Photo from NRBHF website.
The NRBHF was founded in 2010 and since 2013, it has inducted over 200 world-renowned artists.
After numerous attempts over the past 50-plus years to build a Hall of Fame for Rhythm and Blues icons such as James Brown, Aretha Franklin, B.B. King, and many others, the National Rhythm and Blues Hall of Fame is coming to fruition.
The NRBHF will be built in Marks, Mississippi and the Ground-Breaking Ceremony will kick off the Annual Mules & Blues Fest on Friday, September 30, 2022.
The City of Marks-Quitman County has donated five (of a possible 30) acres of land known as Industrial Park and a $500,000 from a state grant is being used to jump-start this one-of-a-kind international tourist attraction.
The NRBHF’s Founder and CEO LaMont Robinson said that his vision to build a hall of fame to honor R&B and its contributions to civil rights, America, and the entire world is something that he does not take lightly.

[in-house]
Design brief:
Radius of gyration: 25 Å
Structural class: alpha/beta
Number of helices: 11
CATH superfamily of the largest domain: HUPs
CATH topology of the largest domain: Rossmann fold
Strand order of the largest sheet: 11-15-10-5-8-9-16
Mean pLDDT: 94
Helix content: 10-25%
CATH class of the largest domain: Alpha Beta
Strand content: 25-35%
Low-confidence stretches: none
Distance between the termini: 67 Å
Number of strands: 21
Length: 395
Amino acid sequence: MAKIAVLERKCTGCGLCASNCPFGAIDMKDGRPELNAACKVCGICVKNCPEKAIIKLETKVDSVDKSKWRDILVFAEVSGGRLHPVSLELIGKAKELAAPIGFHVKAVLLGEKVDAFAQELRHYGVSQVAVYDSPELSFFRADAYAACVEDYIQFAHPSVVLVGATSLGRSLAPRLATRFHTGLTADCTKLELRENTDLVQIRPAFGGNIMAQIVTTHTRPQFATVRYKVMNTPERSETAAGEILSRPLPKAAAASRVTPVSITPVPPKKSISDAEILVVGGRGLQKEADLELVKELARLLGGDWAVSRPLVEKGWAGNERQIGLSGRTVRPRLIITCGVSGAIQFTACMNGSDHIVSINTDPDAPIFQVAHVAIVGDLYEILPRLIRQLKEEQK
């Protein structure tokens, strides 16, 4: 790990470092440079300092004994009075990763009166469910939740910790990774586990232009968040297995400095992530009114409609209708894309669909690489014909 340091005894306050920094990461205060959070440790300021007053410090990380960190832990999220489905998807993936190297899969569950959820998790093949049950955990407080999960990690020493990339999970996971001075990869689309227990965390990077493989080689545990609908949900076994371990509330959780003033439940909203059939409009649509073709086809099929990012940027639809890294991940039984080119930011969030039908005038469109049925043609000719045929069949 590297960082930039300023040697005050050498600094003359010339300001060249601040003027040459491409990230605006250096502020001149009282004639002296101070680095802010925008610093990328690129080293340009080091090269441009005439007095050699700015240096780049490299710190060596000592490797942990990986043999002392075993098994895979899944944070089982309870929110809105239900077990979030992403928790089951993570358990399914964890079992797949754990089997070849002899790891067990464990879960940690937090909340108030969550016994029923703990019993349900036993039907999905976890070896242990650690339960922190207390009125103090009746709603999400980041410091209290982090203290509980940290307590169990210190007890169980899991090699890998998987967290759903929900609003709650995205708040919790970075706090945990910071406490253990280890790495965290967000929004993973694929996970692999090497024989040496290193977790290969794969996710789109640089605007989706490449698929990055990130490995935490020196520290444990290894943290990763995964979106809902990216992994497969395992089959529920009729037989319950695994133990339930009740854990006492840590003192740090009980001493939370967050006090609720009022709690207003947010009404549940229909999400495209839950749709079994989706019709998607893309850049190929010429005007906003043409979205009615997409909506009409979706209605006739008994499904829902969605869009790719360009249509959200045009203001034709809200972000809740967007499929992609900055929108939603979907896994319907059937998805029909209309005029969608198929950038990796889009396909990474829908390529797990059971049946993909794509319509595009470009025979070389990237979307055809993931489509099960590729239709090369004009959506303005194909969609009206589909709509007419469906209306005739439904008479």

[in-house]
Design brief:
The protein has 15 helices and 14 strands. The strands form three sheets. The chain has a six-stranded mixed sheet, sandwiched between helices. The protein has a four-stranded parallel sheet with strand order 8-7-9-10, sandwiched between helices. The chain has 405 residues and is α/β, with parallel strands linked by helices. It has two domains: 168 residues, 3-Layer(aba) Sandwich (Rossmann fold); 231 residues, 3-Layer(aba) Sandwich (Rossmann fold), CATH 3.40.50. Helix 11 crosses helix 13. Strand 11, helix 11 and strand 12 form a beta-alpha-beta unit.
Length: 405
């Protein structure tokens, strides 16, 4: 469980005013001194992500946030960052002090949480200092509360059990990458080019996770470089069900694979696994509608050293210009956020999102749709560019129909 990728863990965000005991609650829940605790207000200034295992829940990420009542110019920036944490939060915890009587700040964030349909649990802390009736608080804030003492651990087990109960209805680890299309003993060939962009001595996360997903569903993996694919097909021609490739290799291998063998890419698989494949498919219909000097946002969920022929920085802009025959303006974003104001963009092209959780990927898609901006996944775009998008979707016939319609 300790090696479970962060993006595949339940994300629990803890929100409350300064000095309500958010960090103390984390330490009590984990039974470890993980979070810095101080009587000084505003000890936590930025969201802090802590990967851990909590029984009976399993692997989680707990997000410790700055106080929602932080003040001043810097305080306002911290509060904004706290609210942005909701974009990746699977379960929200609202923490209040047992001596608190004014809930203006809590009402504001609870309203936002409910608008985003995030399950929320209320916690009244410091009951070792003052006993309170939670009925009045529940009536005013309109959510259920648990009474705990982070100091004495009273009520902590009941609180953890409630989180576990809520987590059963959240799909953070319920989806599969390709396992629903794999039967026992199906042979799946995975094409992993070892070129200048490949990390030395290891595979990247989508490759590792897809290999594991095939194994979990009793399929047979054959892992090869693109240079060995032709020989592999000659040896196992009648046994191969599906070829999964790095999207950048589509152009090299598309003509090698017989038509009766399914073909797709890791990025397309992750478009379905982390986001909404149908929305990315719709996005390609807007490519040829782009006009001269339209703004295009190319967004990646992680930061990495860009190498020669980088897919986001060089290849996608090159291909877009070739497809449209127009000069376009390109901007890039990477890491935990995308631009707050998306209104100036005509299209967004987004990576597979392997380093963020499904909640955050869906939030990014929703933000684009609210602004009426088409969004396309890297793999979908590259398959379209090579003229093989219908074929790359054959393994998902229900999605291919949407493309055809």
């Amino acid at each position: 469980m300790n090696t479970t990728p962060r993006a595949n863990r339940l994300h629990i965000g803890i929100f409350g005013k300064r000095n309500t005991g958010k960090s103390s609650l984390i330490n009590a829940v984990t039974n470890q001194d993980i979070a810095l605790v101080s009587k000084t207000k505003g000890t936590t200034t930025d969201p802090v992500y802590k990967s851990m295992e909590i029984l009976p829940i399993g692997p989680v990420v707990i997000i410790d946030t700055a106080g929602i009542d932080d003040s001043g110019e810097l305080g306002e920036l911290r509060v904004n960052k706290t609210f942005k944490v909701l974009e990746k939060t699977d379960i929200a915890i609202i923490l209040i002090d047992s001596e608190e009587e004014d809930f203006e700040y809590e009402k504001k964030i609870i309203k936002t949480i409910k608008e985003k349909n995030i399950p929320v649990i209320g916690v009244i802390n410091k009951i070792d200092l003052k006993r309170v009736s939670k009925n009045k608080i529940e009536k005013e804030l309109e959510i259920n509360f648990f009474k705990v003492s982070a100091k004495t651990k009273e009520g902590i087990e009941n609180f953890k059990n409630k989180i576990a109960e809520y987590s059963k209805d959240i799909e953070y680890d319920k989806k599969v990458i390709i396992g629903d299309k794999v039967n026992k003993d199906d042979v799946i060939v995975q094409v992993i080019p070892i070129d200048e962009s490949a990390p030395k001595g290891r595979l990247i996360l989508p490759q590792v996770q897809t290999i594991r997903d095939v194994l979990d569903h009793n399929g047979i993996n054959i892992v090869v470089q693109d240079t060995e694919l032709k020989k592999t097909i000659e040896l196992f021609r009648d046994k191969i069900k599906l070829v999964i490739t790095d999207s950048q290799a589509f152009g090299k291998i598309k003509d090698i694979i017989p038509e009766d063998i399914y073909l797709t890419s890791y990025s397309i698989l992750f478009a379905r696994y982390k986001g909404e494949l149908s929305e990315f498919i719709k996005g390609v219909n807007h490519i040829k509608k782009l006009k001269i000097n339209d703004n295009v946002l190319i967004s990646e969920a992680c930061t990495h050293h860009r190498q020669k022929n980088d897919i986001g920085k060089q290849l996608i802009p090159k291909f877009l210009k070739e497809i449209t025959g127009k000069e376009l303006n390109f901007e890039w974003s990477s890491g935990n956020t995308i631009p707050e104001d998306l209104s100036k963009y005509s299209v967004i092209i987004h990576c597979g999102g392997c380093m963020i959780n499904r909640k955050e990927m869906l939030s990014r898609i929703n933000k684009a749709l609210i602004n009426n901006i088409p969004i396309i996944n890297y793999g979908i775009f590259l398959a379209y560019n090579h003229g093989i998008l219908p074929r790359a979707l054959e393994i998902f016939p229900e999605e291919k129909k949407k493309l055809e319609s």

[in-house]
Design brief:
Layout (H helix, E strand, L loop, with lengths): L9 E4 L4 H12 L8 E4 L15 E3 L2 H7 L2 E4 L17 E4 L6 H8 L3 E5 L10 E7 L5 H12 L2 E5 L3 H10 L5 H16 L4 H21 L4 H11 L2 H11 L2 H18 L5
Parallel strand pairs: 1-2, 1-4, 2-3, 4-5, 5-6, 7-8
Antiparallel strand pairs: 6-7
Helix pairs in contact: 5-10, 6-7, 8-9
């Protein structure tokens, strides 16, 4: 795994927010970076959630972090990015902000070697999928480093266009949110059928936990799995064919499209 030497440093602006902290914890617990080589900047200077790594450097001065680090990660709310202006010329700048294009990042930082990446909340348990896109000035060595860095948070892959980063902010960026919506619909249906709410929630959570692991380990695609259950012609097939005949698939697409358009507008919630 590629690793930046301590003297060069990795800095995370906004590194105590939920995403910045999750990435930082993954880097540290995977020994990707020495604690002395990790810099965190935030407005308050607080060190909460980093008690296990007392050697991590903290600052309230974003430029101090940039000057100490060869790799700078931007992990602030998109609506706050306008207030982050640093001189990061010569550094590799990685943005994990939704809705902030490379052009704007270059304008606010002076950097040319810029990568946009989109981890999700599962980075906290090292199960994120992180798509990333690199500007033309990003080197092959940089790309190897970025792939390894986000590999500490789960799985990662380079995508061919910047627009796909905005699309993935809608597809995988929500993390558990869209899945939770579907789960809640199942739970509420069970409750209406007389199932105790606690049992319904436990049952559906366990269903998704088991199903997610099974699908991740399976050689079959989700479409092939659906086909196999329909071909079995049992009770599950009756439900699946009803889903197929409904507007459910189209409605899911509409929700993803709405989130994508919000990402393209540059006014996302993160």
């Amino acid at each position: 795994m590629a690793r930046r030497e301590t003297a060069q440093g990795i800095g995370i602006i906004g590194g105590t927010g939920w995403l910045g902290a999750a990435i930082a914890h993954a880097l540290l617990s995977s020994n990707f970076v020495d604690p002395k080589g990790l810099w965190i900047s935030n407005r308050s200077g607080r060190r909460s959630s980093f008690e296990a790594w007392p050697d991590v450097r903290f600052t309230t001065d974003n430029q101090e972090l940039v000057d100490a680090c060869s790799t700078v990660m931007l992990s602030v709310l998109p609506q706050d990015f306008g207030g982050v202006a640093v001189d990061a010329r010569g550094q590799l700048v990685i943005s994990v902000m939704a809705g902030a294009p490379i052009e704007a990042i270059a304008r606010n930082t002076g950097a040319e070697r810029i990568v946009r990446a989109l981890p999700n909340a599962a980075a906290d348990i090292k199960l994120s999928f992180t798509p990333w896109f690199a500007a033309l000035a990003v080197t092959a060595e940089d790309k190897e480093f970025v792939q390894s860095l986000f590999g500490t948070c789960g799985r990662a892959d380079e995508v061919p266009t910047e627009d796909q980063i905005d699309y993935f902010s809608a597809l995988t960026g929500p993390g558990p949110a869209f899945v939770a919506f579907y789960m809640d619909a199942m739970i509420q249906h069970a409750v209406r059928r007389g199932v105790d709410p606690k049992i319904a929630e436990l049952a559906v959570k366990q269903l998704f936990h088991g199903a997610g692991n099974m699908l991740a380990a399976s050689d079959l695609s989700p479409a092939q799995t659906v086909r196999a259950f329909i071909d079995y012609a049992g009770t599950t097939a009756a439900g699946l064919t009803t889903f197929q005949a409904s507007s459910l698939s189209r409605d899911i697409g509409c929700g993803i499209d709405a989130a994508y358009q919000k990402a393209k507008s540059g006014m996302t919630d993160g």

“I have been a long-time activist and advocate for preserving the history of rhythm and blues music and its legends,” Robinson stated. “There is no other hall of fame in the world that is primarily focused and dedicated to the history of R&B music on a national scale. This project won’t just be made up of showcases and photographs on the wall like you would find in a typical hall of fame or museum, but it will be highly interactive, virtual reality, with holograms.”
“R&B goes hand and hand with the Civil Rights Movement, and one of the reasons for choosing Marks is the role that it played in Dr. Martin Luther King’s ‘Poor People’s Campaign (PPC),” Robinson continued.
Mayor Joe Shegog of the City of Marks said that he is very grateful to have Robinson come to Quitman County and to bring the NRBHOF, which will be a tribute to all the music legends that hailed from the Delta.
“He sees this project as bringing awareness to our musical roots and heritage and a means to create opportunities within our community,” Mayor Shegog said.
Velma Benson-Wilson, Quitman County’s Economic and Tourism Director, mentioned that this project’s other important aspects are bringing jobs and providing an economic boost for Marks-Quitman County and the State of Mississippi.
“Wilson is also working on meeting with elected officials to present a bill for Capitol Hill that would be in honor of rhythm and blues artists from the “Segregation and Jim Crow era”, and having a day named “Rhythm & Blues Artists’ Day“, to be celebrated every August 17th,” a release from the NRBHF said.